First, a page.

COVID fatigue is real. After months of turmoil and countless new demands, many of us had begun to experience a version of normal life again (albeit with masks and social distancing). It’s not easy to go back on high alert, but with infection rates, hospitalizations, and now deaths rising across the country, there’s really no choice. The challenge for employers is to be both proactive – using hard-won knowledge and experience, and flexible – ready to change course as conditions demand. And this time around there is greater opportunity to think ahead to life after COVID, so that actions you take today help build the organization you want to be in the future.
We asked four colleagues—thought leaders who have guided Mercer’s response to the pandemic in their different areas of expertise--what advice they have for employers right now. Here’s what they said.
Get back to the basics. Brace yourself – it’s going to be a tough couple of months. With the resurgence, we’re back in response mode. Communication will be just as important now as at the beginning of the pandemic. You are a trusted source of information for your employees, so be sure your own sources of information are reliable and up-to-date as situations change around the country. Three important messages to convey right now:
Also, let employees know what you’re doing to help out in your neighborhoods. The economic realities of unemployment, homelessness and food insecurity are going to be more prevalent and more visible. Employers can help by being a source of community support – and if there is a way to involve your employees, so much the better. Helping others is a source of resiliency and strength. – Dr. Lorna Friedman, Global Healthcare Leader
Review your leave and PTO policies. Many employers implemented emergency leave/paid-time off policies earlier this year that are set to expire at the end of 2020. These may need to be extended, as it seems unlikely we will be home free heading into 2021. Also, some policies only provided paid time off for an employee to quarantine once if they or someone they lived with tested positive. But with infection rates rising, some employees may need to quarantine more than once before this year is over.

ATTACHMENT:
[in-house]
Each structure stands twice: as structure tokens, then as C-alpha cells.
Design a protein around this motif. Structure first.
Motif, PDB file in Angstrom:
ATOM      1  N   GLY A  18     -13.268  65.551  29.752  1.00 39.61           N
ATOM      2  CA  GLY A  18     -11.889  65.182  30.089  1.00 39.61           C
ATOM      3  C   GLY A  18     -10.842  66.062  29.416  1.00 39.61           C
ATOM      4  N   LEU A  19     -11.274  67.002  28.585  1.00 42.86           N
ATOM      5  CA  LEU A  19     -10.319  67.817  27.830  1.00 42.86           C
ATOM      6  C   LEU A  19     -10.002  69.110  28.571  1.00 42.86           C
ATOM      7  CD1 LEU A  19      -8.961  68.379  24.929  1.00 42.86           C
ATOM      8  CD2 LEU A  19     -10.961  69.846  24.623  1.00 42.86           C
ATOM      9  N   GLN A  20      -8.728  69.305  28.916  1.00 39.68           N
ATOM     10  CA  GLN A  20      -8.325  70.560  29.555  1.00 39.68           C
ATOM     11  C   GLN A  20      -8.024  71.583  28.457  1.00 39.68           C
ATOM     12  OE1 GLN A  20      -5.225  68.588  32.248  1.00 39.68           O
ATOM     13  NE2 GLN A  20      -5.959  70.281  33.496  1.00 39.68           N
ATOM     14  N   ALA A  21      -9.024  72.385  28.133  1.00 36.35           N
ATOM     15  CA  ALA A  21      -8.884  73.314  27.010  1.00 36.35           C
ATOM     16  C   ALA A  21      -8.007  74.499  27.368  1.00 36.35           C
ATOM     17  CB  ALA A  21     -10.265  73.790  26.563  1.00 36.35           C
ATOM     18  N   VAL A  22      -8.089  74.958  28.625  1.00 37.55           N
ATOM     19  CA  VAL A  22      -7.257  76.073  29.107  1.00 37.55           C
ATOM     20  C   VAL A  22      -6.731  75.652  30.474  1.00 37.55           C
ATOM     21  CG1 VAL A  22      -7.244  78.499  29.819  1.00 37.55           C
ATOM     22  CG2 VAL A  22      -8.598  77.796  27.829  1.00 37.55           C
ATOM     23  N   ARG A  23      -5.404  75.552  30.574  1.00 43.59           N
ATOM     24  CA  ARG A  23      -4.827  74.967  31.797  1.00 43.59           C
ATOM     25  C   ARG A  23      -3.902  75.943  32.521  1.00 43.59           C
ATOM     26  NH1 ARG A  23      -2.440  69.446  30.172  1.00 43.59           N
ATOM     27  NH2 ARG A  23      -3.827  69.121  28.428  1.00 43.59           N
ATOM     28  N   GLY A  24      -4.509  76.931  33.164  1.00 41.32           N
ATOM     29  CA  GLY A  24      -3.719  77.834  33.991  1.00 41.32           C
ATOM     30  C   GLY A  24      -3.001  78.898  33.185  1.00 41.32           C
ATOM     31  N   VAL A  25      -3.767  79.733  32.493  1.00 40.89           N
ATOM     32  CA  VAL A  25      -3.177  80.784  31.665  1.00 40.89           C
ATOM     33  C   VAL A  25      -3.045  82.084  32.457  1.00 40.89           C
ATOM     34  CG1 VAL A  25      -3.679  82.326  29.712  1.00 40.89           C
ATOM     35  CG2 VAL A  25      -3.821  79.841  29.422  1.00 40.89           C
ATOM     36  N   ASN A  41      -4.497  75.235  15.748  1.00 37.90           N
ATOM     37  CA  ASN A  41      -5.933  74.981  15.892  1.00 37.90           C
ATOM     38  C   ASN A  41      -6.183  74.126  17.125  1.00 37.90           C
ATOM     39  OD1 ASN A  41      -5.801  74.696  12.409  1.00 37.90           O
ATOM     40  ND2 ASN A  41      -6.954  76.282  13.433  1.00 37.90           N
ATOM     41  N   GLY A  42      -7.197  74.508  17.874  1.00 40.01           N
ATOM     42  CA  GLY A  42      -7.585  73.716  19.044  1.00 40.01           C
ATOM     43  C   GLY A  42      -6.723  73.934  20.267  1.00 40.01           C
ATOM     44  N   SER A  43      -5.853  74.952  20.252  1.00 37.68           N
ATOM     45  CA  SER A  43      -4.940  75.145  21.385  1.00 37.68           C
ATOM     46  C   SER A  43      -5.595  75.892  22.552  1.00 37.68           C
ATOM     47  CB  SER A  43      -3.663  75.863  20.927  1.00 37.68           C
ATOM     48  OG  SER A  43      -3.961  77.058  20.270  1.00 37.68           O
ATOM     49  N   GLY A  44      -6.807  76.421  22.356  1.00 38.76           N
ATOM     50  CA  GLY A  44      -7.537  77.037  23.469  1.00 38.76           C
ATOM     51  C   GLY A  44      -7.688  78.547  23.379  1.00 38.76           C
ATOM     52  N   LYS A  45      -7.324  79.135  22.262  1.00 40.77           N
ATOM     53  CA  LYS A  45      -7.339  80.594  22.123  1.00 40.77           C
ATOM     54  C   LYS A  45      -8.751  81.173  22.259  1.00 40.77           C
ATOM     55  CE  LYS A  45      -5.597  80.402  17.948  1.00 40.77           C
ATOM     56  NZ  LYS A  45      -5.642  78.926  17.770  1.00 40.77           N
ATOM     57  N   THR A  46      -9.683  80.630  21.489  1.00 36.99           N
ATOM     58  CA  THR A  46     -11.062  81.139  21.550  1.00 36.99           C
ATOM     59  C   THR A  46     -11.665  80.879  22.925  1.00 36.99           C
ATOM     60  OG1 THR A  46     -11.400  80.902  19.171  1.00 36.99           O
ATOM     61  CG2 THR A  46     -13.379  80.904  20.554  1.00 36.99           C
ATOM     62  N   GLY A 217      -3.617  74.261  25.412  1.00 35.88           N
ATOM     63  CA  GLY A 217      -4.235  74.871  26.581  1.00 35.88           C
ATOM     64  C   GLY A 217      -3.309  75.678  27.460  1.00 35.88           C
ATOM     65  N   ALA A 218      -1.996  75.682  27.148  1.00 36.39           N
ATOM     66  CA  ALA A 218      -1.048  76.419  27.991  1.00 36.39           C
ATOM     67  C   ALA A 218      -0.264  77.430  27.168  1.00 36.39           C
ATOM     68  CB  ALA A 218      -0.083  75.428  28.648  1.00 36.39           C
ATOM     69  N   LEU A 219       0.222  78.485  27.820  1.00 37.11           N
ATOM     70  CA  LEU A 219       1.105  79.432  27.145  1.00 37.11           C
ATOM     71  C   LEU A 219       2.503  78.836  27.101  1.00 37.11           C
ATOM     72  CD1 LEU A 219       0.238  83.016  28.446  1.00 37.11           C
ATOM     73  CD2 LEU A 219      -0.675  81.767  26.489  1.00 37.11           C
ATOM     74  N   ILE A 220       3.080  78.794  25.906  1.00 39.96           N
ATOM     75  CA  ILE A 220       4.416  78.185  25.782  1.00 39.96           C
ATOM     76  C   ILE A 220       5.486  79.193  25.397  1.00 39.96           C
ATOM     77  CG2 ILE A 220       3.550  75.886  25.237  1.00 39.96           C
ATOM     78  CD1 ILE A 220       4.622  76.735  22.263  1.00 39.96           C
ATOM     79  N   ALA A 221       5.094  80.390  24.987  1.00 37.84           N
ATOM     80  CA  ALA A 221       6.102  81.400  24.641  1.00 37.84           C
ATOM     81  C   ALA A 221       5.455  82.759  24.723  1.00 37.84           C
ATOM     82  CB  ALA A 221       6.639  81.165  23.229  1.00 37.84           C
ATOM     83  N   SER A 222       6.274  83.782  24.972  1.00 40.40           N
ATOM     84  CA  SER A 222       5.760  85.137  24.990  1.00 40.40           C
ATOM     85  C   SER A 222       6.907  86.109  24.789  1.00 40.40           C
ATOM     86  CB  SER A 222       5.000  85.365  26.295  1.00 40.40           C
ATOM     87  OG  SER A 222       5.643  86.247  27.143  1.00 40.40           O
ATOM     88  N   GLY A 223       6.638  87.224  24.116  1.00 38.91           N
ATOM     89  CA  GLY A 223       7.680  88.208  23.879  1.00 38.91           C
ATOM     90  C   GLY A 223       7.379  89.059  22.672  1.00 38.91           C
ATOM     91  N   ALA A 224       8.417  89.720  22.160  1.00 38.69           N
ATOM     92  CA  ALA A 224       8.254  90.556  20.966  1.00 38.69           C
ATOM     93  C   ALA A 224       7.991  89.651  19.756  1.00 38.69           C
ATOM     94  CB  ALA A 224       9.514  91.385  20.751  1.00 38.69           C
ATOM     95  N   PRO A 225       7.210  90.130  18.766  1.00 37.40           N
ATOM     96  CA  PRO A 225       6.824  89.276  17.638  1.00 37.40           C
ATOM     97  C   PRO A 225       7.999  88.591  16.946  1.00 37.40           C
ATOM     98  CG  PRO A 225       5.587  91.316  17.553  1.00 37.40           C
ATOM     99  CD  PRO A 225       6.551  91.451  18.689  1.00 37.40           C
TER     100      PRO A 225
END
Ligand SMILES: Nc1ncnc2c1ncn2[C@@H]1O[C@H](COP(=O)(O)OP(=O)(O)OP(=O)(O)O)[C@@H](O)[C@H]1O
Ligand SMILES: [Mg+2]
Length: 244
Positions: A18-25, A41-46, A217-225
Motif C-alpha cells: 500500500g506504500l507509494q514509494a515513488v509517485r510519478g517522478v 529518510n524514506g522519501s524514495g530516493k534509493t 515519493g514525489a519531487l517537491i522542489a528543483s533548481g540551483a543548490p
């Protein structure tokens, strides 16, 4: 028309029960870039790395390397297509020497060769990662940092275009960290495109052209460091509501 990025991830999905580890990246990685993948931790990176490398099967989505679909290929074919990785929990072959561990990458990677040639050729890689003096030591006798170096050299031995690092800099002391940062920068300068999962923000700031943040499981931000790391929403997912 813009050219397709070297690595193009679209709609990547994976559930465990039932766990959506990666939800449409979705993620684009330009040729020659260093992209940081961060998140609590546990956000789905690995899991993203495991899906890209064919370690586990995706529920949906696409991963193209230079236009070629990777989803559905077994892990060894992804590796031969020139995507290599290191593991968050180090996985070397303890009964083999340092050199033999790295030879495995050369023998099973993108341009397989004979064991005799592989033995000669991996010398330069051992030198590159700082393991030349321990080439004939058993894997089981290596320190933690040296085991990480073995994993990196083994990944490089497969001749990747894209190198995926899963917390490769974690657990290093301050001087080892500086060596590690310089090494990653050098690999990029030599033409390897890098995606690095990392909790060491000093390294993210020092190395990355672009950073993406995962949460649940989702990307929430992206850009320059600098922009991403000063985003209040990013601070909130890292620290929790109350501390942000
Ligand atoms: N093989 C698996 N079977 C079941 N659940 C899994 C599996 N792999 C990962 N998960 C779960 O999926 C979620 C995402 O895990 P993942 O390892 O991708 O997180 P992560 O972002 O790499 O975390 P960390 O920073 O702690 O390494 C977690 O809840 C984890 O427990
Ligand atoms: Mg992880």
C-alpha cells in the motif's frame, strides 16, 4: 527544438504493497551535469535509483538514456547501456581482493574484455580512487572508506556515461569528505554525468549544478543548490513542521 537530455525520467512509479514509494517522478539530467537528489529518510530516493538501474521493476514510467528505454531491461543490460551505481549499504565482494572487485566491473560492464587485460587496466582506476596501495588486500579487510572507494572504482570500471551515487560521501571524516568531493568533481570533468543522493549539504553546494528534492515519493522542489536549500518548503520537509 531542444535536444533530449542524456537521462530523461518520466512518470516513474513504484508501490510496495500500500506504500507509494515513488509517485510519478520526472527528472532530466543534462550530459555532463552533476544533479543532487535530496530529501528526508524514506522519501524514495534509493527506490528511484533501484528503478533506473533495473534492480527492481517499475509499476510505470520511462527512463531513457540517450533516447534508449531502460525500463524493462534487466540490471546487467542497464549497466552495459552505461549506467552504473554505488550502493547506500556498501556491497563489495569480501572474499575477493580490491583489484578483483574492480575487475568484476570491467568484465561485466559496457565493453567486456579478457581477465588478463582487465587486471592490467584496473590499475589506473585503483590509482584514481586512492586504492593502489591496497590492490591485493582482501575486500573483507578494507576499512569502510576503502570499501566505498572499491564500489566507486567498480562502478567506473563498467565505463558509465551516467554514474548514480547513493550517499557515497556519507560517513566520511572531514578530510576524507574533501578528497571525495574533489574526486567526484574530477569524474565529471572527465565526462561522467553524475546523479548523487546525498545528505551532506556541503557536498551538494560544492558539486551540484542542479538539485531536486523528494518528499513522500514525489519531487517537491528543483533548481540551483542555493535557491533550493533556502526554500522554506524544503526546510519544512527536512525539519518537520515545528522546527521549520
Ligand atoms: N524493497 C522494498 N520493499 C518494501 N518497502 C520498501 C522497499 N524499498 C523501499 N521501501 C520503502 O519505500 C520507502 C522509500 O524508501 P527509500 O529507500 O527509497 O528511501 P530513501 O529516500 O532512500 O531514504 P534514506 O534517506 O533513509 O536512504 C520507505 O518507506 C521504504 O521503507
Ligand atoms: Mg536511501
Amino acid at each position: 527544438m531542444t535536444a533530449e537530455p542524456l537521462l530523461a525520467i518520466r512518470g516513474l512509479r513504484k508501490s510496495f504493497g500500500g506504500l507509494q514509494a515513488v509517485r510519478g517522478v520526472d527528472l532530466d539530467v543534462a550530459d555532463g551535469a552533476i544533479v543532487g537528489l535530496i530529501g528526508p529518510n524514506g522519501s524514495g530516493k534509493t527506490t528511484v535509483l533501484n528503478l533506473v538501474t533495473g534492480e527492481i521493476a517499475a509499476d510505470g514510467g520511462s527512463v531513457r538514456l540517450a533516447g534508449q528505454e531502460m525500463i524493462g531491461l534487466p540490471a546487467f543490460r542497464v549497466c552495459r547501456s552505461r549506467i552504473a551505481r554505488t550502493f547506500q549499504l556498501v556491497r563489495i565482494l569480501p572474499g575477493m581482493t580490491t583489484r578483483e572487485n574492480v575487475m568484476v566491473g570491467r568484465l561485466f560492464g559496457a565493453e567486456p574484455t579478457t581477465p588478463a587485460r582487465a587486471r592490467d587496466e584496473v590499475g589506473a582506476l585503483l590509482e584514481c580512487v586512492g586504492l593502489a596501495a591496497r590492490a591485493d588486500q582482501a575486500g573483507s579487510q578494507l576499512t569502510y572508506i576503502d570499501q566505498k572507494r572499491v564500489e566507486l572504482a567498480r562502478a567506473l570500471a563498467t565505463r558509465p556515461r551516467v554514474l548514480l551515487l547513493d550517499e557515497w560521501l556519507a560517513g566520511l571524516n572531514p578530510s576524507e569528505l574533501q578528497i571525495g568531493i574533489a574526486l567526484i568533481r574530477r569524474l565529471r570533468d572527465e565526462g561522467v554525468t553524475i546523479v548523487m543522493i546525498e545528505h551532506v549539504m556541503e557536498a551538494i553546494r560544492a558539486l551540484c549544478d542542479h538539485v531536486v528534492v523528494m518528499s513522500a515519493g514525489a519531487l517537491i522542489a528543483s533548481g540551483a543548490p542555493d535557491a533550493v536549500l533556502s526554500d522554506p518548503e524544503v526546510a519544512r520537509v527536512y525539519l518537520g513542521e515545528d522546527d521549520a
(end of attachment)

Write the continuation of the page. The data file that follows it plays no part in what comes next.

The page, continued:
If you need to update your emergency leave/PTO policy, first review your data to answer some key questions. What percent of employees have exhausted their leave already? Are those employees in a segment of the business that cannot work remotely? Have employees built up a surplus of PTO that could be used for quarantines? Does the list of eligible reasons for emergency leave include school closings and, if not, should it? And, given the status of the business, how much more PTO can your organization afford to provide? All of these issues will inform the solution that is right for your organization. – Rich Fuerstenberg, Senior Partner
Stay flexible. Plan for the possibility that even schools and workplaces that have opened may need to suddenly shut down due to a surge in COVID-19 cases. Support caregivers by allowing them flexibility in how they work and flexibility from work. And keep looking ahead: We believe that flexible working will become a more permanent way of working, so now focus on long-term sustainability. The majority of employers are already making plans to build the infrastructure to flex at scale for the longer-term. Now is the time to think about how your people programs (performance management, compensation, benefits and wellbeing) perform in a flexible working environment that will likely mean more distributed workforces and more virtual interactions as businesses work to maintain operations through the fall and winter surge. – Mary Ann Sardone, US Talent Solutions Leader
Keep an eye on health benefit costs. While we have reason to believe that the impact of the coronavirus resurgence on medical claims and deferred care will likely be modest, it will of course depend on the length and severity of the surge. This year we’ve seen that increases in COVID testing and COVID treatment costs are often offset by increases in deferred or cancelled care for non-COVID services. If this relationship persists, the health care cost growth should be relatively stable – but actual experience will rangefrom one employer to the next. – Sunit Patel, Chief Actuary